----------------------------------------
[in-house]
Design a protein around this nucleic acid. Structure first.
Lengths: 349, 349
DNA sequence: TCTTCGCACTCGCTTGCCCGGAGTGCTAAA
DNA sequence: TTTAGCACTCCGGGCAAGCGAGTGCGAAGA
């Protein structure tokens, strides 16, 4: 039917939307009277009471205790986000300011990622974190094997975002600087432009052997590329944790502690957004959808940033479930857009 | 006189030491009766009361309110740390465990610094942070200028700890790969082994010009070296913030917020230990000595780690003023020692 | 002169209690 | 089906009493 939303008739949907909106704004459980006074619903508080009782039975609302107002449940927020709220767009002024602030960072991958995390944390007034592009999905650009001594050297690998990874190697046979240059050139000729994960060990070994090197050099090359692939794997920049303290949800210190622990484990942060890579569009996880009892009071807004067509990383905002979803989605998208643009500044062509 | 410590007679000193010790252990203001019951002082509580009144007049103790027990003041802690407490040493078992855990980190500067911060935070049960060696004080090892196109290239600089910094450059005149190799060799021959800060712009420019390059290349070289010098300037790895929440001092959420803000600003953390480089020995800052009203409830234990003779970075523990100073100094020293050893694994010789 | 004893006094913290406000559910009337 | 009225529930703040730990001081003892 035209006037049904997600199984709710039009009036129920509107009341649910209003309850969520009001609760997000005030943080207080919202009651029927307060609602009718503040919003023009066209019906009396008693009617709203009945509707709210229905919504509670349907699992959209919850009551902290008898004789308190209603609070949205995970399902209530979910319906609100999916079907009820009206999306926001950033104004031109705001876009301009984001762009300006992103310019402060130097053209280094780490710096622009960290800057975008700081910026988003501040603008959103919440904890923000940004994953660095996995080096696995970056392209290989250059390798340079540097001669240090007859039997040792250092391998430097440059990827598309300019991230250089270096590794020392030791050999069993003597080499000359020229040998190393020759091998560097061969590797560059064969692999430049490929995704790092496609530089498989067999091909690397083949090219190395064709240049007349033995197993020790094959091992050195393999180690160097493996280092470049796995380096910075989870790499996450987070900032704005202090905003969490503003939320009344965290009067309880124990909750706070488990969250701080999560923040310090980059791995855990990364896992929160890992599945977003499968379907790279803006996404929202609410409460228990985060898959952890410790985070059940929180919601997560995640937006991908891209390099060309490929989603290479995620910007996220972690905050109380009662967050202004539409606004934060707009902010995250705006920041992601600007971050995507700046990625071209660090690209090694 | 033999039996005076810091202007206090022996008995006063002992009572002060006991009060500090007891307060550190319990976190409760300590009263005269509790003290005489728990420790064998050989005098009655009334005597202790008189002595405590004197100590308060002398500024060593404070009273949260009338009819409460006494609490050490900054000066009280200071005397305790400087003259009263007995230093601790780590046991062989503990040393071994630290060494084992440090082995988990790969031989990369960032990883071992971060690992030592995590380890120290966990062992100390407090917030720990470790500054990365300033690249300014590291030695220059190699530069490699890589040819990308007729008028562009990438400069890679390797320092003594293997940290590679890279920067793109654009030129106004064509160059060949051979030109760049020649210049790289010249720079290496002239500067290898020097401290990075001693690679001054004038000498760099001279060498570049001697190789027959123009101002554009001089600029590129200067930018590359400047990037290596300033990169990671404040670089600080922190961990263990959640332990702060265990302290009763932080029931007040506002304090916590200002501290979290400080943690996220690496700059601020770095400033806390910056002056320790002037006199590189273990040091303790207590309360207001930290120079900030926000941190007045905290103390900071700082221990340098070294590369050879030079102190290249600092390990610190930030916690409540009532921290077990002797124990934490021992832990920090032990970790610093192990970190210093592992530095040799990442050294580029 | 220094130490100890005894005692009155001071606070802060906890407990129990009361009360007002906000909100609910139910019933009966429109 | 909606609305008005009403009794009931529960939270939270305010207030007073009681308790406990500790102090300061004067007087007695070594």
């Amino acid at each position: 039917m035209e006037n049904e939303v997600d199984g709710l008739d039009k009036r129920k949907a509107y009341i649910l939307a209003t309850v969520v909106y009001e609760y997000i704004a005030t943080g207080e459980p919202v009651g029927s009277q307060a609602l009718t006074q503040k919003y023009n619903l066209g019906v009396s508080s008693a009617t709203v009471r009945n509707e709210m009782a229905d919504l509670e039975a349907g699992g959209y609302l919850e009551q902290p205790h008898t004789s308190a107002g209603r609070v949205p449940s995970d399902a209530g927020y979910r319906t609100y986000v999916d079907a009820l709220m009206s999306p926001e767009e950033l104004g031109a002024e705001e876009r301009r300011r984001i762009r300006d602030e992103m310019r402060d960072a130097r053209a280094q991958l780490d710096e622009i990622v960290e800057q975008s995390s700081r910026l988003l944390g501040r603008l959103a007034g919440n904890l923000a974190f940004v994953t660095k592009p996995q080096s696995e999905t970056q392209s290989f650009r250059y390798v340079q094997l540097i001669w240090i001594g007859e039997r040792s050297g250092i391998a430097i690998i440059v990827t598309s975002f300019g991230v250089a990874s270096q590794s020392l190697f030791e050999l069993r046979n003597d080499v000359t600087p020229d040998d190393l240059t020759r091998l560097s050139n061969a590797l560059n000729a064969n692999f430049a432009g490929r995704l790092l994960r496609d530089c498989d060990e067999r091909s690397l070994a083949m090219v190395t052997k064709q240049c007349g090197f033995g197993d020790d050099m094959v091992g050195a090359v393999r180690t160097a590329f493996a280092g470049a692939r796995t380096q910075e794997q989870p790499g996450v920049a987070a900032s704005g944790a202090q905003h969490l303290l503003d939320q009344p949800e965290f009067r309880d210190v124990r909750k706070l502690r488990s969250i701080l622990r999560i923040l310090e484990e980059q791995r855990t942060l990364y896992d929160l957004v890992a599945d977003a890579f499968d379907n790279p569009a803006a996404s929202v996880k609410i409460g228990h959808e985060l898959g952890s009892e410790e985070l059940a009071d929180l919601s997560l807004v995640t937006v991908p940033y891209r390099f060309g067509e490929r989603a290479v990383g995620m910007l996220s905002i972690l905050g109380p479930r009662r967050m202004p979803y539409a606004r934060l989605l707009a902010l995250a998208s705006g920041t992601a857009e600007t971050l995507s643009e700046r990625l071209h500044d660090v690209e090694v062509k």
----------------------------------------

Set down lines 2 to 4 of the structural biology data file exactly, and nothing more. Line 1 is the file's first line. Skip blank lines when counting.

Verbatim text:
Design a protein around this nucleic acid. Structure first.
Lengths: 349, 349
DNA sequence: TCTTCGCACTCGCTTGCCCGGAGTGCTAAA